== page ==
Abstract : Using next-generation sequencing technology alone, we have successfully generated and assembled a draft sequence of the giant panda genome. The assembled contigs (2.25 gigabases (Gb)) cover approximately 94% of the whole genome, and the remaining gaps (0.05 Gb) seem to contain carnivore-specific repeats and tandem repeats. Comparisons with the dog and human showed that the panda genome has a lower divergence rate. The assessment of panda genes potentially underlying some of its unique traits indicated that its bamboo diet might be more dependent on its gut microbiome than its own genetic composition. We also identified more than 2.7 million heterozygous single nucleotide polymorphisms in the diploid genome. Our data and analyses provide a foundation for promoting mammalian genetic research, and demonstrate the feasibility for using next-generation sequencing technologies for accurate, cost-effective and rapid de novo assembly of large eukaryotic genomes.
ESTHER : Li_2010_Nature_463_311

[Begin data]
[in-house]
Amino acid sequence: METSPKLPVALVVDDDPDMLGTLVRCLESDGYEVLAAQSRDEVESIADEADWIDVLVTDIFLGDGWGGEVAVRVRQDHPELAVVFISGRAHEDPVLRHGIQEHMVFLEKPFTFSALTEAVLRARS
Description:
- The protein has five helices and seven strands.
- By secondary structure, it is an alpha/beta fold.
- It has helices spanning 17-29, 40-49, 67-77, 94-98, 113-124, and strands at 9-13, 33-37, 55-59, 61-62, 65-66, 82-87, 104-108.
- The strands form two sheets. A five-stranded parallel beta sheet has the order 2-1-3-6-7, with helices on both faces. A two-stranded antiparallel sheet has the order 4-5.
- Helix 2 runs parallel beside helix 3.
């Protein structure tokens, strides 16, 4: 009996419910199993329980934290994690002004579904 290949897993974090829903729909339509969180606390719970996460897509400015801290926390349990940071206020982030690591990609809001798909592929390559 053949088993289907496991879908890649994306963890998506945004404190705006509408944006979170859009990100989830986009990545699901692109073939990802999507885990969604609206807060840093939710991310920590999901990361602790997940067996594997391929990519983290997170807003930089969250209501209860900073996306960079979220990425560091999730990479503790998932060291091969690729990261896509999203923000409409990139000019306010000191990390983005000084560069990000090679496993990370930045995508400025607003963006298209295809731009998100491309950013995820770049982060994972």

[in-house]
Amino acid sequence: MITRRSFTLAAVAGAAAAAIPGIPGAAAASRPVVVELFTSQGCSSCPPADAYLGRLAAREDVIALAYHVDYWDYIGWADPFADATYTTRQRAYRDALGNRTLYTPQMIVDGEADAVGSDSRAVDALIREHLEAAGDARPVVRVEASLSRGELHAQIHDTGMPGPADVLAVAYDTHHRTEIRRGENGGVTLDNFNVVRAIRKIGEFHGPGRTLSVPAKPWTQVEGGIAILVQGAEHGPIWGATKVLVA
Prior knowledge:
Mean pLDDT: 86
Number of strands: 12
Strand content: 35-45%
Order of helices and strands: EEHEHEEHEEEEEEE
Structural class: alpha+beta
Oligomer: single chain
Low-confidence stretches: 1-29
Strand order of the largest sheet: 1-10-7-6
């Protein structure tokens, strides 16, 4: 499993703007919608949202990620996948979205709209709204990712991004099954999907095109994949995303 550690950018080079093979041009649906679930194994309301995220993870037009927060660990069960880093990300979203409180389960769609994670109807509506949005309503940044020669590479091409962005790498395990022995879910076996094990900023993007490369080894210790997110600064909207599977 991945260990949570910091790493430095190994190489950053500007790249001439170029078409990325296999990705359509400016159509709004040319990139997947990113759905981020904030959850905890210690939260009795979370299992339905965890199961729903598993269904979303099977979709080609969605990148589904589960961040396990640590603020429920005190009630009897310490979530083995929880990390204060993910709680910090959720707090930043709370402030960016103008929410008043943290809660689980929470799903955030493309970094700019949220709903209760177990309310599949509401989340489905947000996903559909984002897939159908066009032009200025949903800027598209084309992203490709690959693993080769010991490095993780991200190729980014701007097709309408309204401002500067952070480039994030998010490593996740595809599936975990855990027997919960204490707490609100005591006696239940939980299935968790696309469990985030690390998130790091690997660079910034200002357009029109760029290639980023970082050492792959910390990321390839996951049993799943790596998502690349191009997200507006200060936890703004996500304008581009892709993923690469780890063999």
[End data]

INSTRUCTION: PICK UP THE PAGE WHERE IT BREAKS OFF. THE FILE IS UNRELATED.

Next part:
PubMedSearch : Li_2010_Nature_463_311
PubMedID: 20010809
Gene_locus related to this paper: ailme-ABH15 , ailme-ACHE , ailme-BCHE , ailme-d2gtv3 , ailme-d2gty9 , ailme-d2gu87 , ailme-d2gu97 , ailme-d2gve7 , ailme-d2gwu1 , ailme-d2gx08 , ailme-d2gyt0 , ailme-d2gz36 , ailme-d2gz37 , ailme-d2gz38 , ailme-d2gz39 , ailme-d2gz40 , ailme-d2h5r9 , ailme-d2h7b7 , ailme-d2h9c9 , ailme-d2h794 , ailme-d2hau7 , ailme-d2hau8 , ailme-d2hcd9 , ailme-d2hdi6 , ailme-d2heu6 , ailme-d2hga4 , ailme-d2hqw5 , ailme-d2hs98 , ailme-d2hsx4 , ailme-d2hti6 , ailme-d2htv3 , ailme-d2htz6 , ailme-d2huc7 , ailme-d2hwj8 , ailme-d2hwy7 , ailme-d2hxm1 , ailme-d2hyc8 , ailme-d2hyv2 , ailme-d2hz11 , ailme-d2hza3 , ailme-d2hzr4 , ailme-d2i1l4 , ailme-d2i2g8 , ailme-g1l7m3 , ailme-g1lu36 , ailme-g1m769 , ailme-g1mc29 , ailme-g1mdj8 , ailme-g1mdr5 , ailme-g1mfp4 , ailme-g1mfx5 , ailme-g1lj41 , ailme-g1lm28 , ailme-g1l3u1 , ailme-g1l7l1 , ailme-g1m5i3 , ailme-g1l2f6 , ailme-g1lji5 , ailme-g1lqk3 , ailme-g1l8s9 , ailme-d2h717 , ailme-d2h718 , ailme-d2h719 , ailme-d2h720 , ailme-g1m5v0 , ailme-g1m5y7 , ailme-g1lkt7 , ailme-g1l2a1 , ailme-g1lsc8 , ailme-g1lrp4 , ailme-d2gv02 , ailme-g1mik5 , ailme-g1ljr1 , ailme-g1lxw7 , ailme-d2h8b5 , ailme-d2h2r2 , ailme-d2h9w7 , ailme-g1meh3 , ailme-g1m719